Were you brought up a Christian?
Were you ever in a Christmas pageant?
Did you plan and produce them in your home on Christmas Eve?
Did you force your relatives to gather and sit and watch and applaud?
I don’t know how widespread this behavior was—maybe it was just engaged in by nerdy little farm girls in strict Evangelical Protestant homes, suffering from a high need for attention. I just know that it was an absolute, nonnegotiable staple in my family.
A bright fireplace, pies baking, a couple of dogs galumphing around.
The stage is set. The audience sits in hushed anticipation. Or perhaps they are just waiting to get it over with!
The angels walk in, with their robes made of bed sheets and their belts made of tinsel, and their cardboard halos.
Not known for their singing voices, they sing.
Not known for their acting talent, they play out the Christmas story.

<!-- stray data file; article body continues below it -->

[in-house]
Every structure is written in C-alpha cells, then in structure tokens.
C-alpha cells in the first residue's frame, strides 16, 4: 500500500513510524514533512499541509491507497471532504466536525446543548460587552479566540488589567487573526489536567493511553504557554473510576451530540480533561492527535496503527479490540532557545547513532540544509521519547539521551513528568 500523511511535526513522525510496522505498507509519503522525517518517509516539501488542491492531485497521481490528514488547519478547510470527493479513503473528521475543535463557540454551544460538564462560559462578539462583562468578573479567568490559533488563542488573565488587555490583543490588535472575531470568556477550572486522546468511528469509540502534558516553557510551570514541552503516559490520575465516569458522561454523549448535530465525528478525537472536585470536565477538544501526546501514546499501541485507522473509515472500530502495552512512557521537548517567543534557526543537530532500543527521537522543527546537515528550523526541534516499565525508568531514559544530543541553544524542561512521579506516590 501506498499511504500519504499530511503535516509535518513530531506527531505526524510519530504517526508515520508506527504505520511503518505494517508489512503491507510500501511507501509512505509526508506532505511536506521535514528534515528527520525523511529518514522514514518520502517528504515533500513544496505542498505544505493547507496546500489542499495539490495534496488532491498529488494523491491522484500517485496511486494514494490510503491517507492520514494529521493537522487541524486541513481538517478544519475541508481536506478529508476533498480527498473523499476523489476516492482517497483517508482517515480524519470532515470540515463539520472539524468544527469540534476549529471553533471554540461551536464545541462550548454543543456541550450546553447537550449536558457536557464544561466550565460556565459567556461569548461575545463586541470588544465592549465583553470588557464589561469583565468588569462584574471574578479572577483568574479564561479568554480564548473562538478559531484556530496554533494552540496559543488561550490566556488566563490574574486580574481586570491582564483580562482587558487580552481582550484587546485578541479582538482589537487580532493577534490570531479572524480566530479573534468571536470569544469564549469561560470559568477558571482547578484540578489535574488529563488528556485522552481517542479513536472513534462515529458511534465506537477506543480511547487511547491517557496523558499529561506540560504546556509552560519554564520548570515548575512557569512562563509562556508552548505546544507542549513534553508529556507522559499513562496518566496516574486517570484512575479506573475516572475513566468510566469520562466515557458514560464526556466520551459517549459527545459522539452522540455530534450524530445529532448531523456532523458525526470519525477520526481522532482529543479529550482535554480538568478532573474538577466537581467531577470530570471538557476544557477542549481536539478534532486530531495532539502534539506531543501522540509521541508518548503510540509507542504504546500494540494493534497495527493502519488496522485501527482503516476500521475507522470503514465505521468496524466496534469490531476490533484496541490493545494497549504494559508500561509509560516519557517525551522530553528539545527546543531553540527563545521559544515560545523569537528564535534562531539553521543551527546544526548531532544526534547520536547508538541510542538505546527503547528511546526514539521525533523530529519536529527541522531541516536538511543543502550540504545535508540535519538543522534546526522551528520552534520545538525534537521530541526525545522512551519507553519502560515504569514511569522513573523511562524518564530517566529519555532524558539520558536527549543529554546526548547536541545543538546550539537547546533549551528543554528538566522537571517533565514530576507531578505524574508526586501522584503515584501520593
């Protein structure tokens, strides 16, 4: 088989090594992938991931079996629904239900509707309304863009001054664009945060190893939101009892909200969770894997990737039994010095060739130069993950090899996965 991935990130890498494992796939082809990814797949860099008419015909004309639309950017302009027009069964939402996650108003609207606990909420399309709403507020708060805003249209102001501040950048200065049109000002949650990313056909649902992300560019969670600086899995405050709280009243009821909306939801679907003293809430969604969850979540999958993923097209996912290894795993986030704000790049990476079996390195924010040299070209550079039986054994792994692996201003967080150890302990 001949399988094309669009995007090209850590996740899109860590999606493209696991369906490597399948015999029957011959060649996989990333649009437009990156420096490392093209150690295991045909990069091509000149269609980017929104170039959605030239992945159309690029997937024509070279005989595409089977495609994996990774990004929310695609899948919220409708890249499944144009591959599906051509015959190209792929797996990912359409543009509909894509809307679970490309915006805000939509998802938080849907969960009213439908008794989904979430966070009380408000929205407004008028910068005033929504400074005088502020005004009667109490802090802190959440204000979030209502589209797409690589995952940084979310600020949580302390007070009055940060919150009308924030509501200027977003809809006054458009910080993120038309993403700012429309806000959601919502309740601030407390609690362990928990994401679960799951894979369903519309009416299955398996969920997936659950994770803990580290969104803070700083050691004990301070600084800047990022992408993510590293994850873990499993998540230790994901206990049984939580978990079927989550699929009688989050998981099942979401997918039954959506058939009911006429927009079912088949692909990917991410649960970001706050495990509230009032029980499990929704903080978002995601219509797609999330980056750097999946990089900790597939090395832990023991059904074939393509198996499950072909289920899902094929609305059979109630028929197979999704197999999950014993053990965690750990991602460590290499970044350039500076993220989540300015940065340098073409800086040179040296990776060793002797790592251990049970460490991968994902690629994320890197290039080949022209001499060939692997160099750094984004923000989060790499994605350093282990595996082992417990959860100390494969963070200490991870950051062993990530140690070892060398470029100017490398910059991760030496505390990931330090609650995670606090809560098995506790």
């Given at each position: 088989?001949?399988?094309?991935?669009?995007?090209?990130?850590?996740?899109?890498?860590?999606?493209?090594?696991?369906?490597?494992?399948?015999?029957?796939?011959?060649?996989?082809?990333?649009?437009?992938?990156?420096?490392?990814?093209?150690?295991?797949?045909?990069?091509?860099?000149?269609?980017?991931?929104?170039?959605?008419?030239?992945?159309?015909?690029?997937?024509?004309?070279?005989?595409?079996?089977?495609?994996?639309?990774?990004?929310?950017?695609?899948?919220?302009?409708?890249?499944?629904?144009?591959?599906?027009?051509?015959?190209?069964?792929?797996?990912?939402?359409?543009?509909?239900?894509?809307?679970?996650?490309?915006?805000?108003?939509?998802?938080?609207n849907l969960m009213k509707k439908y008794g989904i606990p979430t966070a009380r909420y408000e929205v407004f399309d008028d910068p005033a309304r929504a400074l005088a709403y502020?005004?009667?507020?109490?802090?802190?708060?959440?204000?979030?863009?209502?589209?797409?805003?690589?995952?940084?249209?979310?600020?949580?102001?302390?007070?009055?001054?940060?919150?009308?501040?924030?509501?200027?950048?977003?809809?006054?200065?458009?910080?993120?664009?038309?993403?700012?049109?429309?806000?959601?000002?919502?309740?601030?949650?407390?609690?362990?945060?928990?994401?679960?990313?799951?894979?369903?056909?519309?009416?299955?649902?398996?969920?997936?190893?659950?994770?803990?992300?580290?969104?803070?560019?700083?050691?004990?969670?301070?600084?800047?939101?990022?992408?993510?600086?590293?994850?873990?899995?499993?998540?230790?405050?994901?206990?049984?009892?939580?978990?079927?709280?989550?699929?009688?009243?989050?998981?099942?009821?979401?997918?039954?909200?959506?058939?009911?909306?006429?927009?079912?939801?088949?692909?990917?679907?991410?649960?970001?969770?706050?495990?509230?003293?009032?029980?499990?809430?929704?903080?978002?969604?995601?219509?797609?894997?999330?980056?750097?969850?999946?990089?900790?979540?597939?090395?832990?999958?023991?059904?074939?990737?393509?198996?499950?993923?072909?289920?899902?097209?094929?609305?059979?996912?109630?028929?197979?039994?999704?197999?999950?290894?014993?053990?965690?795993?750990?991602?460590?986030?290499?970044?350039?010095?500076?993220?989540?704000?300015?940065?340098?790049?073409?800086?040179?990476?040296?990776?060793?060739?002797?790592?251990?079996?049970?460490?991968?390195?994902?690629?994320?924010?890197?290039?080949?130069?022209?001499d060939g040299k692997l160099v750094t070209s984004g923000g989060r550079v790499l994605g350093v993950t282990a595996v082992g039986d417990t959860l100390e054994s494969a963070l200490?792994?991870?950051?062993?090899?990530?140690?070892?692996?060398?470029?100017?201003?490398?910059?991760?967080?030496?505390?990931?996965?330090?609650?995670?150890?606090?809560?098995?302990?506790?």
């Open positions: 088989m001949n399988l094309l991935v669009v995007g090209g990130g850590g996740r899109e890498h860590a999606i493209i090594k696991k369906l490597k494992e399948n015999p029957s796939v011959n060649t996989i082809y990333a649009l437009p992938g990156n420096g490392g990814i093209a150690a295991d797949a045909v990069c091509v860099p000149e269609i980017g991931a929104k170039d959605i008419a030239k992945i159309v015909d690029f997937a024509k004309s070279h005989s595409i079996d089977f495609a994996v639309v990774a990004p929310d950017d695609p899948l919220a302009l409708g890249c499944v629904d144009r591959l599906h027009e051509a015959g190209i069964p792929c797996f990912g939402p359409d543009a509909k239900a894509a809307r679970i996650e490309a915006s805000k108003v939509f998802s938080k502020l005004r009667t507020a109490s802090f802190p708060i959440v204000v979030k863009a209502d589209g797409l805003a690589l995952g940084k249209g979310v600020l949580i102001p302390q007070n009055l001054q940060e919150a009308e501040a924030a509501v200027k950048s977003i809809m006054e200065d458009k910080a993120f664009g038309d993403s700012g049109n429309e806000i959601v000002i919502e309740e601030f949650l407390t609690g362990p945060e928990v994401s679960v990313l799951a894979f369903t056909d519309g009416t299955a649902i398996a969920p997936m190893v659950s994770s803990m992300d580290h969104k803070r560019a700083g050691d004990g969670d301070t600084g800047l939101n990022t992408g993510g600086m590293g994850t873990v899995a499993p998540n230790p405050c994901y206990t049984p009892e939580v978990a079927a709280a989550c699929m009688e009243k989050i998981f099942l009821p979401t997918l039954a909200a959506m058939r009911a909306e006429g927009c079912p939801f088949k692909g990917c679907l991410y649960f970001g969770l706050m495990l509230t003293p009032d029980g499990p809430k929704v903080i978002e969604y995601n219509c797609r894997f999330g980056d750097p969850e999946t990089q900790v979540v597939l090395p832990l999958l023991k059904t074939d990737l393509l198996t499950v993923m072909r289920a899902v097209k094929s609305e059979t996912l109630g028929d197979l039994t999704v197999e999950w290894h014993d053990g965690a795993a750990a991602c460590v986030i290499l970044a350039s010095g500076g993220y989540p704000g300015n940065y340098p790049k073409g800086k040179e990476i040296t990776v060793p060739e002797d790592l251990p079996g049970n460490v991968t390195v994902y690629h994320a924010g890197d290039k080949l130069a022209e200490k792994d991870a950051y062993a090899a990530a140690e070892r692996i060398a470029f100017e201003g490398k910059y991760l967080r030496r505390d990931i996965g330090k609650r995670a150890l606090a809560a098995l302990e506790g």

The oldest, the bossy one, reads from Luke:
And it came to pass in those days, that there went out a decree from Caesar Augustus, that all the world should be taxed.
And she brought forth her firstborn son, and wrapped him in swaddling clothes and laid him in a manger.
And the angel said unto them: Fear not: for, behold, I bring you good tidings of great joy . . . For unto you is born this day in the city of David a Saviour, which is Christ the Lord.
Fifty years later, I can call those words, unbidden, to mind. I can recite them without referring to the small white Bible I was given by my grandmother.
Fifty years later, those cousins all remember and laugh about their antics.
Fifty years later, many of those who gathered are gone from this earthly coil and others feel removed from the religious aspects of the holiday.
But the memories remain strong and they still matter.
Tell us—do you have Christmas pageant memories?